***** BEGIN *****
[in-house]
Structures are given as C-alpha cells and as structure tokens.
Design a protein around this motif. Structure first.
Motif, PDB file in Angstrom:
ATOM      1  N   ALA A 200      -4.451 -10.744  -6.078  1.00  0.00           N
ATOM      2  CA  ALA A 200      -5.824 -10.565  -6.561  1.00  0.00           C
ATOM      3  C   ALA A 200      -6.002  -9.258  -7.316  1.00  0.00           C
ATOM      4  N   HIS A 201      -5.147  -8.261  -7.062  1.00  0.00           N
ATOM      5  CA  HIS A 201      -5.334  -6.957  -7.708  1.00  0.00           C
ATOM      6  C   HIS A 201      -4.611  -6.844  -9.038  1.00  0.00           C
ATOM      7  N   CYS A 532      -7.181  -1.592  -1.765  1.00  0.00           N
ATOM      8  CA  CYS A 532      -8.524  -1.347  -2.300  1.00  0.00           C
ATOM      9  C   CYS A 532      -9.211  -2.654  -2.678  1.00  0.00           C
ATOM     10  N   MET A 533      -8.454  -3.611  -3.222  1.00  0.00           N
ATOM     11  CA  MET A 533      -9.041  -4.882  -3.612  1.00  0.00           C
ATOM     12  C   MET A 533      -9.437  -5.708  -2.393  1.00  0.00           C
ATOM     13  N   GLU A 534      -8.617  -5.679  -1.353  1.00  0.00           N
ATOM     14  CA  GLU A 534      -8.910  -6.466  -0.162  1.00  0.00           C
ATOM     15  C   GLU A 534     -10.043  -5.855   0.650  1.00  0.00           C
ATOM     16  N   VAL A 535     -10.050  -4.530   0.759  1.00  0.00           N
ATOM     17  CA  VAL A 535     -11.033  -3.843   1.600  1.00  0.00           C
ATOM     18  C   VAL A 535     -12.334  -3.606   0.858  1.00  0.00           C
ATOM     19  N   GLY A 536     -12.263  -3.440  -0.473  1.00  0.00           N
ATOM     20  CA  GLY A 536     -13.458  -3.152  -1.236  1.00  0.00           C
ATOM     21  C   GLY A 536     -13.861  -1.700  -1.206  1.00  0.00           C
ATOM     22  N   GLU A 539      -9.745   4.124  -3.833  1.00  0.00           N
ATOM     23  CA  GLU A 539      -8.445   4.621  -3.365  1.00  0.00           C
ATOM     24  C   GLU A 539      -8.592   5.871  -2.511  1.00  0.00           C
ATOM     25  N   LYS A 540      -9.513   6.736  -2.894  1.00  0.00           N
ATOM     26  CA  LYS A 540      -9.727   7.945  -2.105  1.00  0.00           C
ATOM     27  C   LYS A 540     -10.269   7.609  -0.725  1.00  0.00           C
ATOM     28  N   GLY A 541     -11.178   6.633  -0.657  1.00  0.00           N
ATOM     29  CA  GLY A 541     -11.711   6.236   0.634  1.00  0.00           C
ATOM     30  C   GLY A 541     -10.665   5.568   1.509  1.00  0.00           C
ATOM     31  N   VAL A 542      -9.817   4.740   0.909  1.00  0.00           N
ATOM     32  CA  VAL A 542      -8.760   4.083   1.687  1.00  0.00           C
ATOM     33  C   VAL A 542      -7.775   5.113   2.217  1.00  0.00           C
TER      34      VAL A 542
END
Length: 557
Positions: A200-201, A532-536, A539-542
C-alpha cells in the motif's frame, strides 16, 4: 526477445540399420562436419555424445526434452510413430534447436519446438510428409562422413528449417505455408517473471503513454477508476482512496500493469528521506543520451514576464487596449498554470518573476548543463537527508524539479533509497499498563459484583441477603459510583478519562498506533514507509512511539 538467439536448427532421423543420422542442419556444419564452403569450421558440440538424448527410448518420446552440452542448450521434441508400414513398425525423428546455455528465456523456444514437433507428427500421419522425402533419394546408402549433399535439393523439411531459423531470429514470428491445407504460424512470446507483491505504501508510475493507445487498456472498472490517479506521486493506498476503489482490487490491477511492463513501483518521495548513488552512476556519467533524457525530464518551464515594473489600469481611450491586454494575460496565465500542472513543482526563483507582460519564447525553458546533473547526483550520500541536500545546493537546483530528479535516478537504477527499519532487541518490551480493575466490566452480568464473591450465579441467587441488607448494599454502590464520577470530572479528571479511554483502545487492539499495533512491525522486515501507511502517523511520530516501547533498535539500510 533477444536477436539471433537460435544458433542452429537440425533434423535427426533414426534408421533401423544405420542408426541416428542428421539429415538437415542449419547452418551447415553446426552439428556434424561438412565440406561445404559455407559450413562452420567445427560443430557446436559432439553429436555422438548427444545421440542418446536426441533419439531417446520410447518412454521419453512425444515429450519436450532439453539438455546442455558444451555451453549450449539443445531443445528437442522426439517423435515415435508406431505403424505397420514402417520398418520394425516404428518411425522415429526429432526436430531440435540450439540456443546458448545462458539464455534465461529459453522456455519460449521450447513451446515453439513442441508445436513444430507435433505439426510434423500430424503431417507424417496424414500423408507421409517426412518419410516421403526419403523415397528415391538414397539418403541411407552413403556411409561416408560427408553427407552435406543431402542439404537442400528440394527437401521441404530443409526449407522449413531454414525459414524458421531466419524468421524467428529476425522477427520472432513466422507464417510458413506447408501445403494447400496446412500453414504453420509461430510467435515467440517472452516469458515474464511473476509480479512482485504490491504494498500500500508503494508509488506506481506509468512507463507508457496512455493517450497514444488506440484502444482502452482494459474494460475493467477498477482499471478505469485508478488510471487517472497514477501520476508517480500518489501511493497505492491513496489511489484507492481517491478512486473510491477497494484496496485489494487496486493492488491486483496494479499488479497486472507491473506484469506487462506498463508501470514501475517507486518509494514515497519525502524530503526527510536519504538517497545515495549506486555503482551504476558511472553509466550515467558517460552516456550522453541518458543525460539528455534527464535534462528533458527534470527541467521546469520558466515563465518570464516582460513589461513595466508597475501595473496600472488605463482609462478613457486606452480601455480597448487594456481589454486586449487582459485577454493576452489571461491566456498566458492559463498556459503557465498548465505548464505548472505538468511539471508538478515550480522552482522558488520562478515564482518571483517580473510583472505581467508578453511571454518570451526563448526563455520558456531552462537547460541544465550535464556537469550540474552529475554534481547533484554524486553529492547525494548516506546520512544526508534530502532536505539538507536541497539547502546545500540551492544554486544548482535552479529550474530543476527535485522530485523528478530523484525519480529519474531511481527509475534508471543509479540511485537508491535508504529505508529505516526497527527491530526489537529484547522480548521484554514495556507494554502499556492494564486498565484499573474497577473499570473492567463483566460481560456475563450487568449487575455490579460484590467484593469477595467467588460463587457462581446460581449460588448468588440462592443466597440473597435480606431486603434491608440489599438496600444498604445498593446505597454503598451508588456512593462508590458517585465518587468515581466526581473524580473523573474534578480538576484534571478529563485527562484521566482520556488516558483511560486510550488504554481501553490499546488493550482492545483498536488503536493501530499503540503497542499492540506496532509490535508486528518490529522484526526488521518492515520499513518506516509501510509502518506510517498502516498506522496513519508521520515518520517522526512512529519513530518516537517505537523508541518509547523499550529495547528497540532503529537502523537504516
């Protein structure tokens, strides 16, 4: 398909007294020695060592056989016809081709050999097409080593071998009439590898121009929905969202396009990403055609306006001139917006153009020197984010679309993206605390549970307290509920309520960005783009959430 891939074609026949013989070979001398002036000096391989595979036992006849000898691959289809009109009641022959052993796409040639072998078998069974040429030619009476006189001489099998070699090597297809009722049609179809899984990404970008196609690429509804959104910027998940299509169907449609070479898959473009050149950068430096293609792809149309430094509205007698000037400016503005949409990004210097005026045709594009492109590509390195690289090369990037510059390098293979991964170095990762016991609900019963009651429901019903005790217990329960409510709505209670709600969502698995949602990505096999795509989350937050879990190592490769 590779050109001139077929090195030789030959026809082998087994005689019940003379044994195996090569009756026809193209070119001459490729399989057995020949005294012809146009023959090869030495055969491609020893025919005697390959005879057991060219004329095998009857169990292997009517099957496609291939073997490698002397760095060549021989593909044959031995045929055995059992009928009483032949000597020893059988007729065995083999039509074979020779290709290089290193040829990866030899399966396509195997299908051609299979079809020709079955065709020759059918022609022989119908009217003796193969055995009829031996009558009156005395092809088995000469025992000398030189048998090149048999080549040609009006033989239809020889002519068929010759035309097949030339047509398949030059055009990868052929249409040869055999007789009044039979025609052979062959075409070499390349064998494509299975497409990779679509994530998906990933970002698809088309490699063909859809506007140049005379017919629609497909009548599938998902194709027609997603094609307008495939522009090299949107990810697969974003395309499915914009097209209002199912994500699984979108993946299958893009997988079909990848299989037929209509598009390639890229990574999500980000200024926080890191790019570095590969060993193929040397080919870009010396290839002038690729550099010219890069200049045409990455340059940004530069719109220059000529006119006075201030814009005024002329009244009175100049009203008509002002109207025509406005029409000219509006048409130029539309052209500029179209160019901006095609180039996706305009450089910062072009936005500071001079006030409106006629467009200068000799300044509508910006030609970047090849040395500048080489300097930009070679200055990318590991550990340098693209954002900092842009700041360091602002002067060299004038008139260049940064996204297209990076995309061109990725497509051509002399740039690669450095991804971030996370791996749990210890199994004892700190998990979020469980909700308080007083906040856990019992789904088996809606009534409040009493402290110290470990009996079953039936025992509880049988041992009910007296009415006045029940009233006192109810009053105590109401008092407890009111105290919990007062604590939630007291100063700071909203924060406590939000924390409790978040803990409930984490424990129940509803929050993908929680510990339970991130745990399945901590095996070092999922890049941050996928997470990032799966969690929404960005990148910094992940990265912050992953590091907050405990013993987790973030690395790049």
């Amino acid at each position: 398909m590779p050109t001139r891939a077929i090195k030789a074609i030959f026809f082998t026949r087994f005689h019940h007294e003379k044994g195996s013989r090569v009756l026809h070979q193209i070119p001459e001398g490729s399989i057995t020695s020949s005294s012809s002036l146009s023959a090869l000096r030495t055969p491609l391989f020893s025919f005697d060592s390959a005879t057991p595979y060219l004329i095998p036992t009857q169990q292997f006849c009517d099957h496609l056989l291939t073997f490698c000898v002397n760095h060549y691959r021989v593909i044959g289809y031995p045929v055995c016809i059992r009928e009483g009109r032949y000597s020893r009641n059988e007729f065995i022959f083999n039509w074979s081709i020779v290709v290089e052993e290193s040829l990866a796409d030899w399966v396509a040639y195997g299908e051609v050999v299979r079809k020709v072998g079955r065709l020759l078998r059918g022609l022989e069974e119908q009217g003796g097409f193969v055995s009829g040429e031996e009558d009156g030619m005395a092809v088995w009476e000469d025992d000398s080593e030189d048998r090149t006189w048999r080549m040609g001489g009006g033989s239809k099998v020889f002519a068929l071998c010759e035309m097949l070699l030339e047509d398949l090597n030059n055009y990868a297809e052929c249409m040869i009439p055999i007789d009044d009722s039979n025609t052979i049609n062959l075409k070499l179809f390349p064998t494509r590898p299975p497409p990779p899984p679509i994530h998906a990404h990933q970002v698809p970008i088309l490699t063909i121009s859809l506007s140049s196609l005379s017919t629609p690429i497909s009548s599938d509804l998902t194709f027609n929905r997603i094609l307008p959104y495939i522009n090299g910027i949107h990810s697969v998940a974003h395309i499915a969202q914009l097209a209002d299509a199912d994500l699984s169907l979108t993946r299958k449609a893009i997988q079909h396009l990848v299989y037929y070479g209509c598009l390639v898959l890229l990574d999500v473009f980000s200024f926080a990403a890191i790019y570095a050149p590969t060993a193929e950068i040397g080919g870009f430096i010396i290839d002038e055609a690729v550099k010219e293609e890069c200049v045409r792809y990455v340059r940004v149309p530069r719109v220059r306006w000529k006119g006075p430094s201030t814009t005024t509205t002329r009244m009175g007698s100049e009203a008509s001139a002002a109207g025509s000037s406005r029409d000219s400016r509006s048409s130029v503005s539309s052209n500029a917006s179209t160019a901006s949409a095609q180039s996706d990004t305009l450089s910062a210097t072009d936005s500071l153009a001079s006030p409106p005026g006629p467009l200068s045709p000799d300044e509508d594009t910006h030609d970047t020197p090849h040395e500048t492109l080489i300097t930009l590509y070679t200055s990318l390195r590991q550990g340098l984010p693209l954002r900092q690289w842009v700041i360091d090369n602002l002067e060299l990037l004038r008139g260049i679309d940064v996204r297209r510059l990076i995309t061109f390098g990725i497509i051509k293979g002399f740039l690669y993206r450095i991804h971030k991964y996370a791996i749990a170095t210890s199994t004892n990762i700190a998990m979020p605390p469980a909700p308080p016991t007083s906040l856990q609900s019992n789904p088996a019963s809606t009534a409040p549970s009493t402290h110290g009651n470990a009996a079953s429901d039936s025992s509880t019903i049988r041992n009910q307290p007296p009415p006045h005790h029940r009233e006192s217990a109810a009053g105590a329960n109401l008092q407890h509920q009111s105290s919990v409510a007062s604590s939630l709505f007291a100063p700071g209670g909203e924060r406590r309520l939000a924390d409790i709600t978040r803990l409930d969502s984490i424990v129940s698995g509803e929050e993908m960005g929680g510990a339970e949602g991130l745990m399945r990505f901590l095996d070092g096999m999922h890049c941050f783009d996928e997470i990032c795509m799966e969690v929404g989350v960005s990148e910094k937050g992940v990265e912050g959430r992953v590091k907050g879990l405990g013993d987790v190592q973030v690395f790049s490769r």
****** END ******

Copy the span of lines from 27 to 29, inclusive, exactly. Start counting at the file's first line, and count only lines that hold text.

ATOM     23  CA  GLU A 539      -8.445   4.621  -3.365  1.00  0.00           C
ATOM     24  C   GLU A 539      -8.592   5.871  -2.511  1.00  0.00           C
ATOM     25  N   LYS A 540      -9.513   6.736  -2.894  1.00  0.00           N